Competition helps expose demographic and cultural biases in generative AI tools

Center for Socially Responsible AI announces winners of 'Bias-a-thon' held last November
AI-generated images of computer scientists winning an award at a conference

These images were created by the generative AI platform Midjourney when prompted to show a group of computer scientists winning an award at a conference. The results, which show almost exclusively younger white men, are an example of the demographic biases built into many generative AI tools.

Credit: Midjourney / Nargess Tahmasbi

UNIVERSITY PARK, Pa. — Penn State’s Center for Socially Responsible Artificial Intelligence (CSRAI) announced the winners of its first-ever “Bias-a-thon.” The competition, held Nov. 13–16, asked Penn Stater students and faculty to identify prompts that led popular generative AI tools to produce biased or stereotype-reinforcing outputs.

Participants submitted more than 80 prompts that identified biases in six categories: age, ability, language, history, context, culture and “out-of-the-box” bias. Submissions came from more than 10 popular generative AI tools, including text generators like Open AI’s ChatGPT and Google’s Bard, as well as image generators like Midjourney and StabilityAI’s Stable Diffusion.

Mukund Srinath, doctoral student in informatics in the College of Information Sciences and Technology, earned the competition’s top prize of $1,000 for identifying a unique bias that existed outside the challenge’s six defined categories. Srinath prompted ChatGPT 3.5 to select one of two individuals who would be more likely to possess a certain trait — such as trustworthiness, financial success, or employability — based on a single piece of information — such as height, weight, complexion or facial structure. In each instance, ChatGPT 3.5 selected the individual who aligned more with traditional standards of beauty and success, according to Srinath.

Winners of the main competition include:

  • First Place ($750) – Nargess Tahmasbi, associate professor of information sciences and technology at Penn State Hazleton. Tahmasbi prompted Midjourney to create images that showed both a group of academics and a group of computer scientists winning awards at a conference. While the photo of non-specific academics showed somewhat limited diversity in age, gender and race, the four generated photos of computer scientists showed almost exclusively younger, white men with only one woman included among the 27 individuals featured across the four photos.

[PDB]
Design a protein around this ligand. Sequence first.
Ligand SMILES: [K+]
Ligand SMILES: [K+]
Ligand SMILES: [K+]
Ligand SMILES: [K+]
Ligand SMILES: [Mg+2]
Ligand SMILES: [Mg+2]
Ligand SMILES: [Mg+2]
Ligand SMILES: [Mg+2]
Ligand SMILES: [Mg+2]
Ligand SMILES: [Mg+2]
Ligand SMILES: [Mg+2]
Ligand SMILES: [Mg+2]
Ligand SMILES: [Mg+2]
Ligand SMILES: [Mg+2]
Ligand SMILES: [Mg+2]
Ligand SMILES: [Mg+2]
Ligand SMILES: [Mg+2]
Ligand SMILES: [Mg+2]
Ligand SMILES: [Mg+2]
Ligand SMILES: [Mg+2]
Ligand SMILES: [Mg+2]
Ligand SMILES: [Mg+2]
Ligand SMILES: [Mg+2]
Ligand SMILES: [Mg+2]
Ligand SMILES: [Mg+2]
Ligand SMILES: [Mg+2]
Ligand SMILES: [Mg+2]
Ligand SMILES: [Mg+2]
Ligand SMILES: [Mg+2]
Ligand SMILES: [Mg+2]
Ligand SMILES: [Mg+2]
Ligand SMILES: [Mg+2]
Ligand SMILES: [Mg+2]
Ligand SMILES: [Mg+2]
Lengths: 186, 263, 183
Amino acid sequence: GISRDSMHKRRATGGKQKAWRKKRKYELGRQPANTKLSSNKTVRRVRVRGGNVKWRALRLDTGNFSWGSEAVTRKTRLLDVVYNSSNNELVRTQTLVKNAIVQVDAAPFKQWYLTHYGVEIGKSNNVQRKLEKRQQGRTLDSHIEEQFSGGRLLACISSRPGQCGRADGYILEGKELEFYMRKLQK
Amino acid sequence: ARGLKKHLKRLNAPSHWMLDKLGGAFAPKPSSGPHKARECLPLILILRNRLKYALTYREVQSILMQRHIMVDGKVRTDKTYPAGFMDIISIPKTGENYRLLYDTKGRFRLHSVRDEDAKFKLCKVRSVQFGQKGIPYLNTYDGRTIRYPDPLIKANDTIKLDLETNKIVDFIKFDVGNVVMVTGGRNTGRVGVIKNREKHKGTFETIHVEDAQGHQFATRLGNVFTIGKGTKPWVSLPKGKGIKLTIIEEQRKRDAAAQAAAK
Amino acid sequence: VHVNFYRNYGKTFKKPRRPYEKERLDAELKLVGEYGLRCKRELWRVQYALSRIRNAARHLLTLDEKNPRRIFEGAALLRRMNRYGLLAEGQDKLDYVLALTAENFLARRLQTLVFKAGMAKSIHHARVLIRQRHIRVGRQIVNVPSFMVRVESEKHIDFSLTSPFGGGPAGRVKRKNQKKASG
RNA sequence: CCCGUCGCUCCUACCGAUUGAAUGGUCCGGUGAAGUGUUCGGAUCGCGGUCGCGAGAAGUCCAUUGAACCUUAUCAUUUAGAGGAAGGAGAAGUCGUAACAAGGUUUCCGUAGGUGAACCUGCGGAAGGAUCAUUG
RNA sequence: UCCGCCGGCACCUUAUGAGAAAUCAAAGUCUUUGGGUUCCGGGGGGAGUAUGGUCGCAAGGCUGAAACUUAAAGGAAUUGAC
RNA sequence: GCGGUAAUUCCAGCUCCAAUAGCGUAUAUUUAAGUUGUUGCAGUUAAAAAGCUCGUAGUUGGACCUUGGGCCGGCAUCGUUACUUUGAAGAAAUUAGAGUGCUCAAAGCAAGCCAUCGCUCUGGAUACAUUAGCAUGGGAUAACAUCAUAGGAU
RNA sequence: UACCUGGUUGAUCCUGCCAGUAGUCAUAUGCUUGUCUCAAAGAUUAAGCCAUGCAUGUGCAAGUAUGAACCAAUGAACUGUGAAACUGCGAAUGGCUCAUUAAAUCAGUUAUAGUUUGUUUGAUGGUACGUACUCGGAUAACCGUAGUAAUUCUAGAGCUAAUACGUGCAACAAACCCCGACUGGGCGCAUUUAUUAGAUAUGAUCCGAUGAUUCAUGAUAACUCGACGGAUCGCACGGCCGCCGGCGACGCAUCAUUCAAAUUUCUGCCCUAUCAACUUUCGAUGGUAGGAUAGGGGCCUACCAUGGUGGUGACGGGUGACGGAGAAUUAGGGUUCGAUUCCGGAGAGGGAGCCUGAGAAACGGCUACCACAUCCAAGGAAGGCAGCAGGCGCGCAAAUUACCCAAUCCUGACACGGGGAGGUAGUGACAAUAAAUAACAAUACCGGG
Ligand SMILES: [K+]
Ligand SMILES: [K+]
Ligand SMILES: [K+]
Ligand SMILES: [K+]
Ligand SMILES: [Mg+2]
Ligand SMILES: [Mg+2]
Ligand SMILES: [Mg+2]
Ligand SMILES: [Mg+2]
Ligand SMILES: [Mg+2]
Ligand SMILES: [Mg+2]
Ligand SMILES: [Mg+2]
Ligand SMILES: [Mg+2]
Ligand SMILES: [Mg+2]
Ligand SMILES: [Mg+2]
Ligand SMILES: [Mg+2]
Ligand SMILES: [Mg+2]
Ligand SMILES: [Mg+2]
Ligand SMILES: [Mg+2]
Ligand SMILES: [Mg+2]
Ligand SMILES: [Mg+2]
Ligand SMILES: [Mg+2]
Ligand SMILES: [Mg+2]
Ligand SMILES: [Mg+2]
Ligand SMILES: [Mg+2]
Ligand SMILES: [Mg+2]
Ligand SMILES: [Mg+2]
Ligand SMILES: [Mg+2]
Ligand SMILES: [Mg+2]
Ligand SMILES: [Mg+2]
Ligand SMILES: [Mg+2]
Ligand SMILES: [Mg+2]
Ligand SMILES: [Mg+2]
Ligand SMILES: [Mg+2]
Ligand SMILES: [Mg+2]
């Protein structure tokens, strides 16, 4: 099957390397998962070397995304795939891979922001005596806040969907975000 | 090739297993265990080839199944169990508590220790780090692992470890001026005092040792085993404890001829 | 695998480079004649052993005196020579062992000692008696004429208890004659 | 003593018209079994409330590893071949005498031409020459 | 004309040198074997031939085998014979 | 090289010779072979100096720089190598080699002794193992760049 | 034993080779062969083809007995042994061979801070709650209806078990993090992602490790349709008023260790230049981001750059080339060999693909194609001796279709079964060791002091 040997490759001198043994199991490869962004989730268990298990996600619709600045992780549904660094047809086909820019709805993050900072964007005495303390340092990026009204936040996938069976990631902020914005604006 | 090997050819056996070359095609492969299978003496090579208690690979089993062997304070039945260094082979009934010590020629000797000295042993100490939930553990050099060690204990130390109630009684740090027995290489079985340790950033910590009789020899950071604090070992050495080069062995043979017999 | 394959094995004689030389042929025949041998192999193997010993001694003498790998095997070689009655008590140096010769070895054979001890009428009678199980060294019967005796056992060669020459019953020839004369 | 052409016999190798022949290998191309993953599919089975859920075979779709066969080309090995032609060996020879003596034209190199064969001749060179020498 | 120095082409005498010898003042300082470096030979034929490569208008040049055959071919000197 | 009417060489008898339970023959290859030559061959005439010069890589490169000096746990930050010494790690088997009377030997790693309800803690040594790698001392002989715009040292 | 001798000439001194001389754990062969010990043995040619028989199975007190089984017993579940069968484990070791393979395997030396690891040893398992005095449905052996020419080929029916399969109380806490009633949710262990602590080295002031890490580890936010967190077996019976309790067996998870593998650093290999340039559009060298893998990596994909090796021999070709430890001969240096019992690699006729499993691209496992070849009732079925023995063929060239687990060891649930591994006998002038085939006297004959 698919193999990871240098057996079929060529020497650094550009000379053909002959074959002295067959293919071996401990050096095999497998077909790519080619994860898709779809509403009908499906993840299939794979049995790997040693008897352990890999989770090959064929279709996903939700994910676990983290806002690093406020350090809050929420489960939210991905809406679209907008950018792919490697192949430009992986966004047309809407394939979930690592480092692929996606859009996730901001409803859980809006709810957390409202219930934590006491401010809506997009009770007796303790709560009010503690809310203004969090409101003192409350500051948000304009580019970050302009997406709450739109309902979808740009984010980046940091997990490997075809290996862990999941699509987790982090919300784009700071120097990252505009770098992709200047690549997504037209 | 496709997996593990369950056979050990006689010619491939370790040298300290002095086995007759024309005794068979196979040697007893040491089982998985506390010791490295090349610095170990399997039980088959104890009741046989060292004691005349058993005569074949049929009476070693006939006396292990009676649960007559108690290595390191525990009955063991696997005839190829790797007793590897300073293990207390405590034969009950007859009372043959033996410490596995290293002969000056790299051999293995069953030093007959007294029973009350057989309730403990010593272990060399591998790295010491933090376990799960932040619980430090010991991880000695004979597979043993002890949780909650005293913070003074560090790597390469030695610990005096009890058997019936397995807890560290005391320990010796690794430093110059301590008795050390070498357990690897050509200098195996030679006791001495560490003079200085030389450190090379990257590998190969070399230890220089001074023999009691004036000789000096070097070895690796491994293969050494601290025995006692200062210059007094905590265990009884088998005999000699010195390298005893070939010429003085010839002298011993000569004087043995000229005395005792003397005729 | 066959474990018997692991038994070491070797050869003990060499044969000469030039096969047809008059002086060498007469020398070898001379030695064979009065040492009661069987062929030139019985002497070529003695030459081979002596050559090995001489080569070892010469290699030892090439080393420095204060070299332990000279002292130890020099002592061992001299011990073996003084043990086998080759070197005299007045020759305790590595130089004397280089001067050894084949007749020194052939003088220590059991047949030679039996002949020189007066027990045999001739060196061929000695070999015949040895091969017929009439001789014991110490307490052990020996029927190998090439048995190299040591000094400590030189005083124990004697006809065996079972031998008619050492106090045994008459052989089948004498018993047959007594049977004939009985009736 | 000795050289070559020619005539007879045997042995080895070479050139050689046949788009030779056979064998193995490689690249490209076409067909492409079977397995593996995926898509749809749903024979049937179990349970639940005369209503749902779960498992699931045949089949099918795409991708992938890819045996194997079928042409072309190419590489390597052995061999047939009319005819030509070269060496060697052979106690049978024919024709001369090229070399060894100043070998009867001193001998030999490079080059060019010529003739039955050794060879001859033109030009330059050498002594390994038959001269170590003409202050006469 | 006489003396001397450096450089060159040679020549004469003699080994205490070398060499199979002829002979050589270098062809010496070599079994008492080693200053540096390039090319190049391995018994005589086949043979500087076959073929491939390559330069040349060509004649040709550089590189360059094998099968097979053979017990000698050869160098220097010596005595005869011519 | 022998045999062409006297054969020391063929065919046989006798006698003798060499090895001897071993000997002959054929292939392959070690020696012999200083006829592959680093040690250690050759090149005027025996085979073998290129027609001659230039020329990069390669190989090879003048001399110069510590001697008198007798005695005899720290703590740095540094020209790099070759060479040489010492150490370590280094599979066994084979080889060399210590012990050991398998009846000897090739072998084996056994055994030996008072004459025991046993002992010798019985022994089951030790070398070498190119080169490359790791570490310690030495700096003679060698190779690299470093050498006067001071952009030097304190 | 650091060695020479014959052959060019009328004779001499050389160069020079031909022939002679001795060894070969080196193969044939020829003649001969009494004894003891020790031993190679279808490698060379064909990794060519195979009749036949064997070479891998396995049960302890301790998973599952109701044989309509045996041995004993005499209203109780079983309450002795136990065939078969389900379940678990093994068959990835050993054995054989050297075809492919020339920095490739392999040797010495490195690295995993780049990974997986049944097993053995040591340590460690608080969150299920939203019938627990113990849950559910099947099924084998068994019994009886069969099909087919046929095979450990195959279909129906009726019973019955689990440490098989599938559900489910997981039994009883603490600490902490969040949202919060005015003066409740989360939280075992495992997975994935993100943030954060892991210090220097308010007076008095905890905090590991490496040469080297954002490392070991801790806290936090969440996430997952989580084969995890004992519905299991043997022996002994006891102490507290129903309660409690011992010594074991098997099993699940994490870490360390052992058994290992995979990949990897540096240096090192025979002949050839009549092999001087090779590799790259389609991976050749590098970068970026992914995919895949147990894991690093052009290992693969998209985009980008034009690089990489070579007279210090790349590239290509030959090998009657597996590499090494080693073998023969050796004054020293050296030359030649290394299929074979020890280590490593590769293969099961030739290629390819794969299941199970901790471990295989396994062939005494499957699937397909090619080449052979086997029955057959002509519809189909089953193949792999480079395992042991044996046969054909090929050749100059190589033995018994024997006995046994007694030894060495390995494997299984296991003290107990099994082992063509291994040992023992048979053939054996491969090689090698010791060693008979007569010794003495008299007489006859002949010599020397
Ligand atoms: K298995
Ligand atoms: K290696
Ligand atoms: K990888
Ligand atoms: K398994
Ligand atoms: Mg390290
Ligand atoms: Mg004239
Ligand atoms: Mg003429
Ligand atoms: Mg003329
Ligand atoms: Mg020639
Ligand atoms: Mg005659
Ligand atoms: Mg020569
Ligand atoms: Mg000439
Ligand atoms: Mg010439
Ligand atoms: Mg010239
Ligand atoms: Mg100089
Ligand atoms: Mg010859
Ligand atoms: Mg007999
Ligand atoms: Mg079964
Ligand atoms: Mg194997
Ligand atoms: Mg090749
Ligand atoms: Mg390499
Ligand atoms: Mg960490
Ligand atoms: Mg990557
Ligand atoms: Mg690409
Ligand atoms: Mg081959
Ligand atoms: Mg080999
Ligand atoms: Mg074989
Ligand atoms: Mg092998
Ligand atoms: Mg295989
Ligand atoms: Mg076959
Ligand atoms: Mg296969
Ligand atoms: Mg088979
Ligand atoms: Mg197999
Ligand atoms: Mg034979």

• Second Place ($500) – Eunchae Jang, doctoral student in Mass Communications, Donald P. Bellisario College of Communications. Jang created a scenario in ChatGPT 3.5 where an "engineer" and “secretary” are being harassed by a colleague. In its responses, ChatGPT assumed the engineer was a man and the secretary was a woman.
  • Third Place ($250) – Marjan Davoodi, doctoral student in Sociology and Social Data Analytics, College of the Liberal Arts. Davoodi prompted DeepMind’s image generators to create an image representing Iran in 1950. The results highlighted head coverings as prominent features associated with Iranian women, even though they were not required by law during that time.

“The winning entries are remarkable in their simplicity. They artfully demonstrate the baked-in biases of generative AI technology,” said Amulya Yadav, CSRAI associate director of programs and the PNC Career Development Assistant Professor in the College of Information Sciences and Technology. “Anybody could try these prompts to see how generative AI technologies expose implicit biases found in human communications and also run the risk of perpetuating them if used uncritically.”

Yadav organized the event with Vipul Gupta, a doctoral student in the College of Engineering. Submissions were evaluated by an expert panel of faculty judges, including S. Shyam Sundar, CSRAI director and James P. Jimirro Professor of Media Effects in the Donald P. Bellisario College of Communications; Roger Beaty, assistant professor, College of the Liberal Arts; Bruce Desmarais, professor, College of the Liberal Arts; ChanMin Kim, associate professor, College of Education; and Sarah Rajtmajer, assistant professor, College of Information Sciences and Technology.

“Because generative AI tools are trained on data created by humans, they reflect human biases and stereotypes that can lead to offensive responses and discriminatory practices,” said S. Shyam Sundar, CSRAI director. “Identifying these biases in models can help to mitigate their harm, inspire new research by center faculty, and promote the design of more socially conscious AI products.”

The Center for Socially Responsible Artificial Intelligence, which launched in 2020, promotes high-impact, transformative AI research and development, while encouraging the consideration of social and ethical implications in all such efforts. It supports a broad range of activities from foundational research to the application of AI to all areas of human endeavor.